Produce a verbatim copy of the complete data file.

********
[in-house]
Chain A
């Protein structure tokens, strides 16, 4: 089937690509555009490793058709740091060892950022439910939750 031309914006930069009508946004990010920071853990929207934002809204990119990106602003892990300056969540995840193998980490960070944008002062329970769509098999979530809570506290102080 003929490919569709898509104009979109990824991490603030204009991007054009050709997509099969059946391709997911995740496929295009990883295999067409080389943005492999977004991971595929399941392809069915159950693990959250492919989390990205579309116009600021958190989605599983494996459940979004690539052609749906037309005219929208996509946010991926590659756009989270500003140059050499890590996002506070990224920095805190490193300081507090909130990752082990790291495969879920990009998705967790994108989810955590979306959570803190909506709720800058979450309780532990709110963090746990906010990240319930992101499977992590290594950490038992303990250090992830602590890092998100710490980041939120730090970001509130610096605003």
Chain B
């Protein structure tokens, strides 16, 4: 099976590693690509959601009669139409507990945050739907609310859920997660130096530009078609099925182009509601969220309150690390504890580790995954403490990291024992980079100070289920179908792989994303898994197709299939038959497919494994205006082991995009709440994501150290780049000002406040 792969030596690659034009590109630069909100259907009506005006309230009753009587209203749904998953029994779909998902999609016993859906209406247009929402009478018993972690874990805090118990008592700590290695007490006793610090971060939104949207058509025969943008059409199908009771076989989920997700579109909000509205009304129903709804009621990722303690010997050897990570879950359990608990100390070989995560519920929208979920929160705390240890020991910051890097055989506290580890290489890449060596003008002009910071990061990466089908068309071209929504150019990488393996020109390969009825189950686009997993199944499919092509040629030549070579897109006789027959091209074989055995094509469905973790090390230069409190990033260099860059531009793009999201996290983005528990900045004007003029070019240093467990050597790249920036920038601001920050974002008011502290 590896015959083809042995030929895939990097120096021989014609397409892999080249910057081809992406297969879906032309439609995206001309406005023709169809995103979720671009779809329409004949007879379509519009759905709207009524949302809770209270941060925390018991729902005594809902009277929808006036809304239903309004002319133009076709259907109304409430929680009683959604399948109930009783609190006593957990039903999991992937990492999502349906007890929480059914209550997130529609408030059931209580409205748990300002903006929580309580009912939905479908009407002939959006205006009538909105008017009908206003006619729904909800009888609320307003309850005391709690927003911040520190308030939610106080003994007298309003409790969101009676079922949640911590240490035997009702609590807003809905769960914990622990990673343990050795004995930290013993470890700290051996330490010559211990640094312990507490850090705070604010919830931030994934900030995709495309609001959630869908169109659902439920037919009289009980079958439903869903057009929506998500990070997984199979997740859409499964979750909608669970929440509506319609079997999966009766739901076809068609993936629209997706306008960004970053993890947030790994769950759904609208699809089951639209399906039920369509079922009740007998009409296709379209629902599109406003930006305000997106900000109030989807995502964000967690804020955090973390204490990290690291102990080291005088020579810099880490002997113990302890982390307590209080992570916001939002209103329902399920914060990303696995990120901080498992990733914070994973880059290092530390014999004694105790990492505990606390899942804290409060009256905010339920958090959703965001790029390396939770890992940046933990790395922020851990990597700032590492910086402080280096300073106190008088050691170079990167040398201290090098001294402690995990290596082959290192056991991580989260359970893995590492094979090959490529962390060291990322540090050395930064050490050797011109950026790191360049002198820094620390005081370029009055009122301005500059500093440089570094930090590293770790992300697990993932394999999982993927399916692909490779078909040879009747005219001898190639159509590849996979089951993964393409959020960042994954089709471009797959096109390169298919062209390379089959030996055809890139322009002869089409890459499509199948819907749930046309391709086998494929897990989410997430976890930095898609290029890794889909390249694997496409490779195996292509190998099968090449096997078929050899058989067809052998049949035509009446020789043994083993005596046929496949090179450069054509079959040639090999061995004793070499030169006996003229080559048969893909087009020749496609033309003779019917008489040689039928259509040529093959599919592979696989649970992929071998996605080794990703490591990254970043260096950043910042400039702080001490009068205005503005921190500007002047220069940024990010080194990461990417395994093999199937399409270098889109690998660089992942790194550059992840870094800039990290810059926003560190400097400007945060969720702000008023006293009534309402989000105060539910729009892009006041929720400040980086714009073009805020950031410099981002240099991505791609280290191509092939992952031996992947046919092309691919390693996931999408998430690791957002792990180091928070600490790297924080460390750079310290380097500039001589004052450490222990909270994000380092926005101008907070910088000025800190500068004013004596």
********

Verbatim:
[in-house]
Chain A
């Protein structure tokens, strides 16, 4: 089937690509555009490793058709740091060892950022439910939750 031309914006930069009508946004990010920071853990929207934002809204990119990106602003892990300056969540995840193998980490960070944008002062329970769509098999979530809570506290102080 003929490919569709898509104009979109990824991490603030204009991007054009050709997509099969059946391709997911995740496929295009990883295999067409080389943005492999977004991971595929399941392809069915159950693990959250492919989390990205579309116009600021958190989605599983494996459940979004690539052609749906037309005219929208996509946010991926590659756009989270500003140059050499890590996002506070990224920095805190490193300081507090909130990752082990790291495969879920990009998705967790994108989810955590979306959570803190909506709720800058979450309780532990709110963090746990906010990240319930992101499977992590290594950490038992303990250090992830602590890092998100710490980041939120730090970001509130610096605003």
Chain B
């Protein structure tokens, strides 16, 4: 099976590693690509959601009669139409507990945050739907609310859920997660130096530009078609099925182009509601969220309150690390504890580790995954403490990291024992980079100070289920179908792989994303898994197709299939038959497919494994205006082991995009709440994501150290780049000002406040 792969030596690659034009590109630069909100259907009506005006309230009753009587209203749904998953029994779909998902999609016993859906209406247009929402009478018993972690874990805090118990008592700590290695007490006793610090971060939104949207058509025969943008059409199908009771076989989920997700579109909000509205009304129903709804009621990722303690010997050897990570879950359990608990100390070989995560519920929208979920929160705390240890020991910051890097055989506290580890290489890449060596003008002009910071990061990466089908068309071209929504150019990488393996020109390969009825189950686009997993199944499919092509040629030549070579897109006789027959091209074989055995094509469905973790090390230069409190990033260099860059531009793009999201996290983005528990900045004007003029070019240093467990050597790249920036920038601001920050974002008011502290 590896015959083809042995030929895939990097120096021989014609397409892999080249910057081809992406297969879906032309439609995206001309406005023709169809995103979720671009779809329409004949007879379509519009759905709207009524949302809770209270941060925390018991729902005594809902009277929808006036809304239903309004002319133009076709259907109304409430929680009683959604399948109930009783609190006593957990039903999991992937990492999502349906007890929480059914209550997130529609408030059931209580409205748990300002903006929580309580009912939905479908009407002939959006205006009538909105008017009908206003006619729904909800009888609320307003309850005391709690927003911040520190308030939610106080003994007298309003409790969101009676079922949640911590240490035997009702609590807003809905769960914990622990990673343990050795004995930290013993470890700290051996330490010559211990640094312990507490850090705070604010919830931030994934900030995709495309609001959630869908169109659902439920037919009289009980079958439903869903057009929506998500990070997984199979997740859409499964979750909608669970929440509506319609079997999966009766739901076809068609993936629209997706306008960004970053993890947030790994769950759904609208699809089951639209399906039920369509079922009740007998009409296709379209629902599109406003930006305000997106900000109030989807995502964000967690804020955090973390204490990290690291102990080291005088020579810099880490002997113990302890982390307590209080992570916001939002209103329902399920914060990303696995990120901080498992990733914070994973880059290092530390014999004694105790990492505990606390899942804290409060009256905010339920958090959703965001790029390396939770890992940046933990790395922020851990990597700032590492910086402080280096300073106190008088050691170079990167040398201290090098001294402690995990290596082959290192056991991580989260359970893995590492094979090959490529962390060291990322540090050395930064050490050797011109950026790191360049002198820094620390005081370029009055009122301005500059500093440089570094930090590293770790992300697990993932394999999982993927399916692909490779078909040879009747005219001898190639159509590849996979089951993964393409959020960042994954089709471009797959096109390169298919062209390379089959030996055809890139322009002869089409890459499509199948819907749930046309391709086998494929897990989410997430976890930095898609290029890794889909390249694997496409490779195996292509190998099968090449096997078929050899058989067809052998049949035509009446020789043994083993005596046929496949090179450069054509079959040639090999061995004793070499030169006996003229080559048969893909087009020749496609033309003779019917008489040689039928259509040529093959599919592979696989649970992929071998996605080794990703490591990254970043260096950043910042400039702080001490009068205005503005921190500007002047220069940024990010080194990461990417395994093999199937399409270098889109690998660089992942790194550059992840870094800039990290810059926003560190400097400007945060969720702000008023006293009534309402989000105060539910729009892009006041929720400040980086714009073009805020950031410099981002240099991505791609280290191509092939992952031996992947046919092309691919390693996931999408998430690791957002792990180091928070600490790297924080460390750079310290380097500039001589004052450490222990909270994000380092926005101008907070910088000025800190500068004013004596």